Teacher Guide Overview

I know of no safe repository of the ultimate powers of society but the people themselves. And if we think them not enlightened enough to exercise their control with wholesome discretion, the remedy is not to take it from them, but to inform their discretion through education. – Thomas Jefferson

Public Achievement (PA) is a program designed to help students work together to improve their schools and communities. It is based on experiential pedagogy and community organizing practices developed in “Citizenship Schools” during the civil rights movement.

Through Public Achievement, young people gain the practical experience of designing and implementing their own projects to solve serious public problems while simultaneously learning about politics and public life. By working on issues that directly affect their lives, students learn that politics is found in the day-to-day action that people take to make changes in their communities and their lives.

This guide is designed to help teachers implement PA in their classrooms or supplement already existing PA programs in their school.

So rather than hold a mock government meeting, meet with city council members; rather than a mock letter writing campaign to a famous person, write a letter to the mayor; rather than a mock school petition to change the food, write a real petition and negotiate with the principal.
– Jason Becker, PA Teacher

All young people who participate in Public Achievement are expected to:

  • Develop self-esteem, hope, and confidence.
  • Define a community problem and identify their stake in it;
  • Work on an issue with a diverse group of people;
  • Map the political environment so they will understand relationships important to addressing the problem;
  • Develop problem-solving strategies and take action; and
  • Evaluate their work and roles to further develop their capacity for effective action.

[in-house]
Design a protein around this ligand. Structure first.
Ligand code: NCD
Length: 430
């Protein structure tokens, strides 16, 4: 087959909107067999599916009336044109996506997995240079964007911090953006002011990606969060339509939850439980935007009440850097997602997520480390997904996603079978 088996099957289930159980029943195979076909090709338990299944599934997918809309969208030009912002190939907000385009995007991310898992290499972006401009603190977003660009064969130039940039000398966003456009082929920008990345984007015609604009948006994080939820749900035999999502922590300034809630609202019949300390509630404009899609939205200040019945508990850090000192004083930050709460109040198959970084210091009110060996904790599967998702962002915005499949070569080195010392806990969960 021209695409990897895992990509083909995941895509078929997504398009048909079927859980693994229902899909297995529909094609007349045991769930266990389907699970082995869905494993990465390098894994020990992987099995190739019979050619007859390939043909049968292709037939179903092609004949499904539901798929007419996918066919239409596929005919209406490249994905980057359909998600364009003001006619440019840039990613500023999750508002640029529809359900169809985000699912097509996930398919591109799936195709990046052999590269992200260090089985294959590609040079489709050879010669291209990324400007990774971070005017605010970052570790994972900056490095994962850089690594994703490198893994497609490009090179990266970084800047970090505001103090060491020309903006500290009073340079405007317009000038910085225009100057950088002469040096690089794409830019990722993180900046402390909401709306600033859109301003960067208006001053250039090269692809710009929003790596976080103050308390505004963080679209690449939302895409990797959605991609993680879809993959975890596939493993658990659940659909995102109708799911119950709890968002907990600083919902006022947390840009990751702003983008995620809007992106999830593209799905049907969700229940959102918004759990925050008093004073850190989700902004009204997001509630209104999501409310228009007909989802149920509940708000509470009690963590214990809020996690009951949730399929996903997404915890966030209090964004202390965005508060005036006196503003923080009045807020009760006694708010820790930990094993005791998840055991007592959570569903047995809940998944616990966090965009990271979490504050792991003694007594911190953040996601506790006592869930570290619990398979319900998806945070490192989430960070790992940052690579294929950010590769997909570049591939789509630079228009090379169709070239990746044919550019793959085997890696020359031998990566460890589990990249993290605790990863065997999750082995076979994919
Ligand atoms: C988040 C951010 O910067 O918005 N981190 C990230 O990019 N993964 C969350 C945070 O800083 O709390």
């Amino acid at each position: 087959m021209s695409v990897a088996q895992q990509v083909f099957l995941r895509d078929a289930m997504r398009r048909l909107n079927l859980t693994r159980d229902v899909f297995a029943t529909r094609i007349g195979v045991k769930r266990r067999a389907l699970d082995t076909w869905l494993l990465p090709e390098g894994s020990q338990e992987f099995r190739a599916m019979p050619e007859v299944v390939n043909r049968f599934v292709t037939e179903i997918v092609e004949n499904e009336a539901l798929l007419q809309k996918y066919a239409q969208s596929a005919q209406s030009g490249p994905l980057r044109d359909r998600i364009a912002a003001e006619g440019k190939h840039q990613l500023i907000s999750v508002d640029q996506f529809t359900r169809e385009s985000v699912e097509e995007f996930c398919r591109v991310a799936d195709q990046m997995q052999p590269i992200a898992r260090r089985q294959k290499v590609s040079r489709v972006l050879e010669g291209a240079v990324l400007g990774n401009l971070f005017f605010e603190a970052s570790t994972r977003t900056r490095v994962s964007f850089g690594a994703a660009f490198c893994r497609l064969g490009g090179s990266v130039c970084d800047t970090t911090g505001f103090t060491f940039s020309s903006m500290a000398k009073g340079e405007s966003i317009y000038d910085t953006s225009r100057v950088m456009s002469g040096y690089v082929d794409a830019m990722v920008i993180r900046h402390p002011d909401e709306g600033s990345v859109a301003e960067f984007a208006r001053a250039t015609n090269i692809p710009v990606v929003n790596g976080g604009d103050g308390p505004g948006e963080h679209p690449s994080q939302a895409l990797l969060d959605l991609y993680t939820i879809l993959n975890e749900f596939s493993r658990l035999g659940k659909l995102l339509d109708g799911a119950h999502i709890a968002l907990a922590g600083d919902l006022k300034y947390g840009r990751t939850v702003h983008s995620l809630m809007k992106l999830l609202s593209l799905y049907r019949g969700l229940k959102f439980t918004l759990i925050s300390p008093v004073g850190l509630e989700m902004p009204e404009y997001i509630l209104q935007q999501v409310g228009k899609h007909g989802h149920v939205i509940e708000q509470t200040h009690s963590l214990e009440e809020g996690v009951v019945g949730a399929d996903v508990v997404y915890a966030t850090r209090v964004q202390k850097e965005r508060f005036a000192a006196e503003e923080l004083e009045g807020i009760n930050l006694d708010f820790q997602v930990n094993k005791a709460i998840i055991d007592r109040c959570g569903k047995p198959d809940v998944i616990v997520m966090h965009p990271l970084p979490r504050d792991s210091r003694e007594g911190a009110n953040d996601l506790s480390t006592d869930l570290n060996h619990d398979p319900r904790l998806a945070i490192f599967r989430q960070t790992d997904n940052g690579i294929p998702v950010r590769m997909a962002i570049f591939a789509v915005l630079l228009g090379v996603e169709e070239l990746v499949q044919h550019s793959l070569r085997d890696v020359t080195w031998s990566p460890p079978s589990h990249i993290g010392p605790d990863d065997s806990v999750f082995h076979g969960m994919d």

Through this process, PA can also help students:

  • Become active members of their schools and communities by developing a sense of political efficacy;
  • Become more engaged and motivated to learn;
  • Learn and practice skills in problem solving, communication, and self-management;
  • Develop positive communication skills and collaborative relationships among diverse groups of students.

For classroom teachers, PA provides a foundation to integrate democratic practices into the classroom. Through PA students work towards a greater understanding and appreciation of procedures, rights and responsibilities in creating democratic communities.

Essential to this democratic learning process is that young people should have a central part in the planning and design of the work, and accordingly, they should take responsibility for the success or failure of their project. Studies have found that students become more self sufficient, conscientious learners when they take part in every phase of the learning process.

Public Achievement is a collaborative and cumulative process. Like other forms of experiential education, the learning in PA comes from doing. However, PA emphasizes that such learning comes from working together with other citizens-students, teachers, parents, and community members. PA is also structured as a process of continual development.

Teachers Are Citizens Too! While it is the teacher’s role in PA to empower others to think and act as citizens, Public Achievement is not only about the students. It is also about teachers, staff, and community members thinking of themselves and acting as citizens. It is important to remember that teachers are also members of the team who should put their own passion into the projects and should not feel as if they are confined to a supervisory or instructional role. Therefore it is not a question of doing a program for your students, but working together with them to learn and effect change.